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Only recently has it become possible to study EV battery range degradation effectively, with large enough numbers of electric vehicles beginning to hit the 100,000-mile mark and beyond.Previously published papers pointed to batteries losing 10% range after 200,000 miles, while some individuals have reported a 2% to 3% drop per year. One study by Canadian Light Source put lithium-ion battery cells through up to 1500 cycles, then produced detailed x-ray scans of the wear. The cells showed cracking and mechanical degradation.Electric cars have only been on the road in any numbers for a little more than a decade, so we’re only now gathering data on how they perform after the odometer clicks into six figures. With some Teslas and Chevy Bolts well over 100,000 miles (or even 200,000 to 300,000 miles), early indications are that EVs in general lose range by about 2% to 3% a year. Or, some experts say, the loss could be more dramatic if drivers fast-charge their cars often. But some drivers say their high-mileage cars are still pretty close to full capacity. Rob Neary is an IT security consultant in Westford, Massachusetts, and an early Tesla adopter, still driving his bought-new 2013 Model S Performance with the 85-kilowatt-hour battery. Although he has other cars, it’s his daily driver, and he’s put 204,000 miles on the odometer, including two California trips and three to Florida. But at least until he replaces the battery pack (a new 90-kWh unit is $20,000), the Model S’ long-range driving career may be over.When the car was new, Neary would see a rated range of 252 miles after a full charge. “But now I don’t trust the car beyond 100 miles of range,” he said. The range degradation combines a number of factors. Now, when fully charged the gauge shows 174 miles. “And for the last two years, I can’t drive to an indicated zero miles anymore,” Neary said. “With a rated 30 miles left the car will tell me to pull over and shut down.” In cold weather, the Model S has gotten “crankier,” Neary said. The vaunted full performance capability of his car isn’t available until he’s in the middle of its 100-mile range. “The computer looks at the state of the battery and decides how much power I can have,” he said. Fast charging could be a factor, because Neary made those cross-country trips in his Model S, but he discounts it, pointing to a now-defunct California company called Tesloop that used a Model S as a 17,000-mile-per-month shuttle car. The company’s “eHawk” Model S lost only 6% capacity after traveling 300,000 miles, TechCrunch said. These results could indicate that EVs (like gas cars) do well when used a lot, rather than being statically stored.Neary’s car may be an anomaly. A chart Tesla published as part of its 2019 Impact Report showed an approximate 10% loss in S and X batteries after 200,000 miles. A period analysis by Dutch professor Maarten Steinbuch said Tesla’s figures show “a fast decay the first 25,000 miles of about 5%, and then a slow decay of approximately 7% in 175,000 miles.” According to EV writer John Voelcker, a test of a Chevrolet Volt plug-in hybrid showed little or no range loss after 300,000 miles. Back in 2019, Tesla was promising it would soon be installing million-mile batteries in its cars. Obviously, despite many technical advances, we’re not there yet, though research is ongoing. EV batteries can and do start to lose range over time. New Jersey-based Tom Moloughney, senior editor at InsideEVs.com, said he’s observed an average 2% to 3% annual range drop in the EVs he’s owned, which are driven 15,000 to 20,000 miles per year. He’s currently driving a 2021 Tesla Model 3 with 21,000 miles, but before that had a 2019 Model 3 and three BMW electrics. One issue is that consumers buy EVs that come with, say, three years of unlimited charging at Electrify America (EA) stations. That encourages owners, Moloughney said, to routinely fast charge at EA down the street instead of running up a bill by plugging in at home. “I despise these offers,” he said. “Fast charging should be reserved for special occasions.” “Fast charging a lot adds to battery degradation,” Moloughney said. “I would discourage owners from using Tesla Superchargers or other 480-volt fast chargers unnecessarily. If you’re going on a long trip, then fine.”Joel Levin, executive director of advocacy group Plug In America, says he’s heard of EVs losing 10% of their range at 100,000 miles. “Not many people have EVs with that many miles yet,” Levin said. “And recent EV batteries, as on the Tesla Model Y, last longer. I think we’re going to be pleasantly surprised by EV range longevity.”Levin has 55,000 miles on his 2015 Nissan Leaf, and says he still has “11 bars,” or 90% to 95% capacity. That means 80 miles of range instead of 85. “It’s fine for me driving around Los Angeles,” he said. “I use my Bolt for trips of any distance.”About that million-mile battery, Levin said he thinks most consumers wouldn’t want to pay for one if it cost twice as much as the standard issue. Indeed, the average car owner keeps his or her vehicle 8.4 years, but owners still enthusiastic after 20 or more are probably rare—factors other than the battery (outdated infotainment, for one) are likely to prod earlier trade-ins. Neary said replacing his 85-kilowatt-hour battery pack with a new 90-kWh version from Tesla would be approximately $20,000, versus a used “recertified” battery at $15,000 to $16,000. He said he’s likely to buy a new battery, after first “driving the car as-is for as long as possible, probably another year or two.” Toby Bond recently peered into the innards of some EV-type cells. He’s a researcher at Canadian Light Source in Saskatoon, Saskatchewan. Bond put some commercially manufactured lithium-ion prototype pouch battery cells through up to 1500 cycles (the equivalent of 120,000 to, in some cases, 450,000 miles), then produced detailed x-ray scans of the wear inside them using a particle accelerator. It took two years. “We were surprised by the level of wear,” he said. “There was cracking and mechanical degradation. Excess electrolyte was getting sucked up into the electrode assembly cracks. That can result in loss of capacity and range because there won’t be enough active electrolyte to go around.” Although the work didn’t involve fast charging, Bond said, “Generally speaking, higher-voltage fast charging generates more heat, and I would expect it to cause more degradation, particularly if it’s done often. But there’s more at play with battery wear than just mechanical stress—high outside temperatures, as in California and Florida—might also cause degradation to speed up.” Bond’s results showed faster degradation in cells drained to a 0% charge, indicating that consumers might want to avoid that scenario if possible. He said forthcoming cathodes made with single-crystal materials will likely be tougher and more resistant to degradation, with hope yielding those million-mile batteries everyone wants to see. Tesla has a patent on this technology, filed by Jeff Dahn of Canada’s Dalhousie University, head of the Tesla battery research team at the school. Dahn and his team said in a 2019 paper published in the Journal of The Electrochemical Society, “We conclude that cells of this type should be able to power an electric vehicle for over 1.6 million kilometers [one million miles] and last at least two decades in grid energy storage.”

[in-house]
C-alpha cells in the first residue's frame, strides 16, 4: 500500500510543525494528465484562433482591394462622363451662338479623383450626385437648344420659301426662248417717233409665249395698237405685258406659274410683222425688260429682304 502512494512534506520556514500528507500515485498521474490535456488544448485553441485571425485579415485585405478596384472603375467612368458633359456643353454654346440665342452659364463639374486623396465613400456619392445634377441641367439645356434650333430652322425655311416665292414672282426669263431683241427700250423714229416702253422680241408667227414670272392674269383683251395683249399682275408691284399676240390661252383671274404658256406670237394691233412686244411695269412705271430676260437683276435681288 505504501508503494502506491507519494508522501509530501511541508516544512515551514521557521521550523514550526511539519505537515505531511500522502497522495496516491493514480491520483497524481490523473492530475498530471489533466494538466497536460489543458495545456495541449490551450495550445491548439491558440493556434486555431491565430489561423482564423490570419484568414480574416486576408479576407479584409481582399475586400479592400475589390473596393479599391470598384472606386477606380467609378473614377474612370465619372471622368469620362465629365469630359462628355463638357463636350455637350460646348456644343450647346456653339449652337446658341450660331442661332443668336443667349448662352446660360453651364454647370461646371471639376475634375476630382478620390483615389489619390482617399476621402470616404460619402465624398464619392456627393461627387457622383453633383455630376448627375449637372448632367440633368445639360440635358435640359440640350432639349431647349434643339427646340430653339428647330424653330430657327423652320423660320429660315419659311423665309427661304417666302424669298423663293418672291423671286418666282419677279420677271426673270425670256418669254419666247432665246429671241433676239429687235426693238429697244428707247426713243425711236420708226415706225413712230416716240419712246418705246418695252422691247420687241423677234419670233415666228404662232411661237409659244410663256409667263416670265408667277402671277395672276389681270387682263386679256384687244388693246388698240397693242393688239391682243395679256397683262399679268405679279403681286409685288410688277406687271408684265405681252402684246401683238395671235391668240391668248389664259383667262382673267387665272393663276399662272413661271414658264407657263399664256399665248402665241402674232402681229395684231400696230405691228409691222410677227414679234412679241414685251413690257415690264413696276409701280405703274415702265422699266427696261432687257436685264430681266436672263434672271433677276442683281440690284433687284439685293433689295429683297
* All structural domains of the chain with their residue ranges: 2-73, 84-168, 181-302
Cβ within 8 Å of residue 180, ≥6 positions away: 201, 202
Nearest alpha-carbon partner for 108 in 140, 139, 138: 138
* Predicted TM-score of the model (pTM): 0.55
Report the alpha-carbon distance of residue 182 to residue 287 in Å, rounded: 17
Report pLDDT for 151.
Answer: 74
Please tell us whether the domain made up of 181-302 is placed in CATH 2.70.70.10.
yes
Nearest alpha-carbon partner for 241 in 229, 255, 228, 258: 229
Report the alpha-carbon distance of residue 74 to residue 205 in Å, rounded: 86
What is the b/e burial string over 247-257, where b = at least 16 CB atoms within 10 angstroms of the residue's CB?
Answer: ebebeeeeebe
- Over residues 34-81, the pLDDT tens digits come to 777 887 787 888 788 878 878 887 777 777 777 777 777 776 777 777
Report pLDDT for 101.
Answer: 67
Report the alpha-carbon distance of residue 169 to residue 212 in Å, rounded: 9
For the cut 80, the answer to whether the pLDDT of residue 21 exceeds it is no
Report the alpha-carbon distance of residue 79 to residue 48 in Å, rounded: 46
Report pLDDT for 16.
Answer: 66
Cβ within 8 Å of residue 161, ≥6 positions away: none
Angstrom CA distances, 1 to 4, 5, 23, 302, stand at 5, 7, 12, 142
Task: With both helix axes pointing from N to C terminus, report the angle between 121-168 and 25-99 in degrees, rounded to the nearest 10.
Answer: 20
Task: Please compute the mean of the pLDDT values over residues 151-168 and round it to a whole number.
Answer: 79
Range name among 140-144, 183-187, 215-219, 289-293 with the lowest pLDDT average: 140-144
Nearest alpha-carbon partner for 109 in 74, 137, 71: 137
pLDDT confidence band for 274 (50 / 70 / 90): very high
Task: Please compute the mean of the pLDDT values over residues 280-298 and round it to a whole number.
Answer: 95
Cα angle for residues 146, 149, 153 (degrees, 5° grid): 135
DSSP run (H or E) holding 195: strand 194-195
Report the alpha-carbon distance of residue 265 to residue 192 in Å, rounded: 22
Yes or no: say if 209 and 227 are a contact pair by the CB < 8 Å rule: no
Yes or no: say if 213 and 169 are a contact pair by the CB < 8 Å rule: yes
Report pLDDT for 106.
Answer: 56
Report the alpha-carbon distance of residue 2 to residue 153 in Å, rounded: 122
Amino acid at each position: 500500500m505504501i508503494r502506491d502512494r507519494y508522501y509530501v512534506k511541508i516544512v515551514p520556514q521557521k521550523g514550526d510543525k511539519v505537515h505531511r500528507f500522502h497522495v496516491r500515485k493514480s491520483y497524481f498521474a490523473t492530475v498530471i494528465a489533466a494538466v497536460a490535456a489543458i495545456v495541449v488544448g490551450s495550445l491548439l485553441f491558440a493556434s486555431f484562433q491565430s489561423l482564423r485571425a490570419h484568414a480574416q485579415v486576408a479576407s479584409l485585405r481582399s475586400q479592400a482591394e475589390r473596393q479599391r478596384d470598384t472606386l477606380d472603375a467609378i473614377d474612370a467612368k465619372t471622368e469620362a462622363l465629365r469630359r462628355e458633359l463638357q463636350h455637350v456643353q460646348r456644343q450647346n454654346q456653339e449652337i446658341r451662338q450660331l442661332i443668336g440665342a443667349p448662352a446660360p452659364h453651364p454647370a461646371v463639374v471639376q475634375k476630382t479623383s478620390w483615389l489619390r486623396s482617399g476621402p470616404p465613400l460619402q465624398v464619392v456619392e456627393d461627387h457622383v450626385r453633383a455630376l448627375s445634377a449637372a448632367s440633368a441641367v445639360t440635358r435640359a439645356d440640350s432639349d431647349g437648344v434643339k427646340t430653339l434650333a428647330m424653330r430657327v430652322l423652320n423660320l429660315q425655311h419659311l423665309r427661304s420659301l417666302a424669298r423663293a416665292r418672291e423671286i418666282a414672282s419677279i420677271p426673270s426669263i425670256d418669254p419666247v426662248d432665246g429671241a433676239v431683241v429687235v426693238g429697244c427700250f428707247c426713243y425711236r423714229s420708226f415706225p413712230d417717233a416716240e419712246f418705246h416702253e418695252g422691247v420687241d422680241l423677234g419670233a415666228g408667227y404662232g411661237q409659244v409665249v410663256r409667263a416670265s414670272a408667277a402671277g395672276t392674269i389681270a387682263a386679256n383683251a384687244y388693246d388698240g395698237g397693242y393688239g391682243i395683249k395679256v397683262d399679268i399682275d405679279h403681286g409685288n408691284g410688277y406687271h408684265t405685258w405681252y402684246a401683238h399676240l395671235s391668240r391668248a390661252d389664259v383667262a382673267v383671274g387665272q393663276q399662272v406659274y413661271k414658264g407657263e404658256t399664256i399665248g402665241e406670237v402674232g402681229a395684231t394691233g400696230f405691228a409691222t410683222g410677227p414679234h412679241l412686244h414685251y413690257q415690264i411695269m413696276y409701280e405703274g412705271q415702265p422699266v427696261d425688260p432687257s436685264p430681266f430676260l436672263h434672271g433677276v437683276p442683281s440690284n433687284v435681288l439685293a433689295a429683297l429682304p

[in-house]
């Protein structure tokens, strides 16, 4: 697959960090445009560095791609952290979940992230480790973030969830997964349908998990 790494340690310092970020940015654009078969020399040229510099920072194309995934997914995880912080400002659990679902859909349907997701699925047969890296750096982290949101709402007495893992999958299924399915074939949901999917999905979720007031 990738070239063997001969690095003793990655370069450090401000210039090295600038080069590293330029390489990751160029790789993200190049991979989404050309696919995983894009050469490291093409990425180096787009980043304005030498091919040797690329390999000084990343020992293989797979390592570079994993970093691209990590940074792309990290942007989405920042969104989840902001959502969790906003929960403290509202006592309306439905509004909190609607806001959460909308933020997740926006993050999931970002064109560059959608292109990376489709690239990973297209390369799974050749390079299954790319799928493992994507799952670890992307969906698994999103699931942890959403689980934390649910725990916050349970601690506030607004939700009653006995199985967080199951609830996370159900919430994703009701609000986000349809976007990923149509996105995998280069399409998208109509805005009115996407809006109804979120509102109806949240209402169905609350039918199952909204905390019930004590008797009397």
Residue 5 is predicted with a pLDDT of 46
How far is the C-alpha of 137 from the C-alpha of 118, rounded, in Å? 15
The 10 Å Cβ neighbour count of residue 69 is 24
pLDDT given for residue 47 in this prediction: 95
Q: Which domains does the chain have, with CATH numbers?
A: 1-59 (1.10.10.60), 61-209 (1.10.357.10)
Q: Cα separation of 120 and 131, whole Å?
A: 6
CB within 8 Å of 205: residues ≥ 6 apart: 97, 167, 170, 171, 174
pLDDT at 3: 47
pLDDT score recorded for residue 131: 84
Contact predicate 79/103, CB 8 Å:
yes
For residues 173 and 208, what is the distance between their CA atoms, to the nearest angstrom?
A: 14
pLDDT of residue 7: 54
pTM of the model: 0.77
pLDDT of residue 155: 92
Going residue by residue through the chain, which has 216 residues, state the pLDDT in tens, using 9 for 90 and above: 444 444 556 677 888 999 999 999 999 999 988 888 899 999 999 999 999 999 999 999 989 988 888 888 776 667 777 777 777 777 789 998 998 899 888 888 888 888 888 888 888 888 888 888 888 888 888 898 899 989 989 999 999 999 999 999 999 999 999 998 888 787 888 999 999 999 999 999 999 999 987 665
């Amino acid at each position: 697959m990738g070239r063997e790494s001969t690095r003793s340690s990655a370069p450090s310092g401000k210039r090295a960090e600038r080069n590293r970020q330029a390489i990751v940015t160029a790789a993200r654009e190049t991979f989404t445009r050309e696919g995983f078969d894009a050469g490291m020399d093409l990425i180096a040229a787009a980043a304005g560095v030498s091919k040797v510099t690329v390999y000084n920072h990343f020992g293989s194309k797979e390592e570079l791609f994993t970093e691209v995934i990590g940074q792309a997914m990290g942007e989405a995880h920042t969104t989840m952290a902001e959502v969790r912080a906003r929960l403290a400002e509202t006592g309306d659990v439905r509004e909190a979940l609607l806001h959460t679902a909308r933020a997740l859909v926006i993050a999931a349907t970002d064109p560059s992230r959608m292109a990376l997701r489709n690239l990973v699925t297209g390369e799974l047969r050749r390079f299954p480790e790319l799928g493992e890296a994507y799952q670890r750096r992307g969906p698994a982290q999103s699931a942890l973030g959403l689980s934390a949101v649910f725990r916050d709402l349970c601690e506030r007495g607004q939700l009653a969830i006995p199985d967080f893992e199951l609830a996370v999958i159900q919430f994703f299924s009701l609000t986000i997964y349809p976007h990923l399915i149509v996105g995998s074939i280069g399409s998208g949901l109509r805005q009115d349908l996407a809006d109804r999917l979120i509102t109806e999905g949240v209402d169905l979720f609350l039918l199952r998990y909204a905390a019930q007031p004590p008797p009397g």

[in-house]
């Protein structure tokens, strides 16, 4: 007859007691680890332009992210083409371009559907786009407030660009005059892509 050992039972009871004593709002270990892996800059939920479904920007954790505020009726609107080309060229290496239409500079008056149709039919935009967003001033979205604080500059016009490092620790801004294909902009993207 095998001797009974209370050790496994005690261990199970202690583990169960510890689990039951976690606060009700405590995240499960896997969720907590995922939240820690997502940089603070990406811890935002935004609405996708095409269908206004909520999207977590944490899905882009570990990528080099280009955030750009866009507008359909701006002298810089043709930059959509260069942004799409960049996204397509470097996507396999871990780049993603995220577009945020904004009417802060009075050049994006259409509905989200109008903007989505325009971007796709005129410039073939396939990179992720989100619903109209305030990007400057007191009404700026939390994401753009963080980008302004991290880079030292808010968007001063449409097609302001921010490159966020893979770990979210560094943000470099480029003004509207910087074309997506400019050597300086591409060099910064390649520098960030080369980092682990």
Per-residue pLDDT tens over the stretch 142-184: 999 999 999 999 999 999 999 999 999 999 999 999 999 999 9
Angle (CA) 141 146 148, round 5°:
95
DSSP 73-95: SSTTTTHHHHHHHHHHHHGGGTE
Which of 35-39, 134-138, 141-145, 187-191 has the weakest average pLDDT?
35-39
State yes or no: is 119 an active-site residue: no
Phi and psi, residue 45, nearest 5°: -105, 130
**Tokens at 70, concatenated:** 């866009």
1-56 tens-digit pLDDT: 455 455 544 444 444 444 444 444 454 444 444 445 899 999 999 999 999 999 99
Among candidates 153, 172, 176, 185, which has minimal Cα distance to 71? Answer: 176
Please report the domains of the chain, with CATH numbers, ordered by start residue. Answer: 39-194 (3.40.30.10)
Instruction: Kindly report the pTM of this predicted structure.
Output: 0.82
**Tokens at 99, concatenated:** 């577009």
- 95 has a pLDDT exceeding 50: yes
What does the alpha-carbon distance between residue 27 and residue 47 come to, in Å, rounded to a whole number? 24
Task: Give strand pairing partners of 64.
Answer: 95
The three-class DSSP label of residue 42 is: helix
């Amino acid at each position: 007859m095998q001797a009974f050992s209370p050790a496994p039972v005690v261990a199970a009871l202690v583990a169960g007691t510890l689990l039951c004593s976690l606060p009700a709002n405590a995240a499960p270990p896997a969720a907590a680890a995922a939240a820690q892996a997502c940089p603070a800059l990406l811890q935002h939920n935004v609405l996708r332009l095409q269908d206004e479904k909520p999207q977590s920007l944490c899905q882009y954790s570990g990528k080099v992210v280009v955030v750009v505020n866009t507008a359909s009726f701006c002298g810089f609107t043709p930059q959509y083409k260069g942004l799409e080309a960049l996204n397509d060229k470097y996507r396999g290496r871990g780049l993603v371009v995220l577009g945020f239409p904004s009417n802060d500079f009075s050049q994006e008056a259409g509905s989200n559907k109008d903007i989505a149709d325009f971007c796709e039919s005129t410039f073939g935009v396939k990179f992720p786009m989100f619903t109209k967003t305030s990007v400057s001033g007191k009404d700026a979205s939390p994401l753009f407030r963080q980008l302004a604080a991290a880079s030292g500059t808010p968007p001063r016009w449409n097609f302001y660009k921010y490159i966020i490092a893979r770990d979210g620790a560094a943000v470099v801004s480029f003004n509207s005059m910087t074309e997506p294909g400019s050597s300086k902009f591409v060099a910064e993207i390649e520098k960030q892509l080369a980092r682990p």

Source : autoweek.com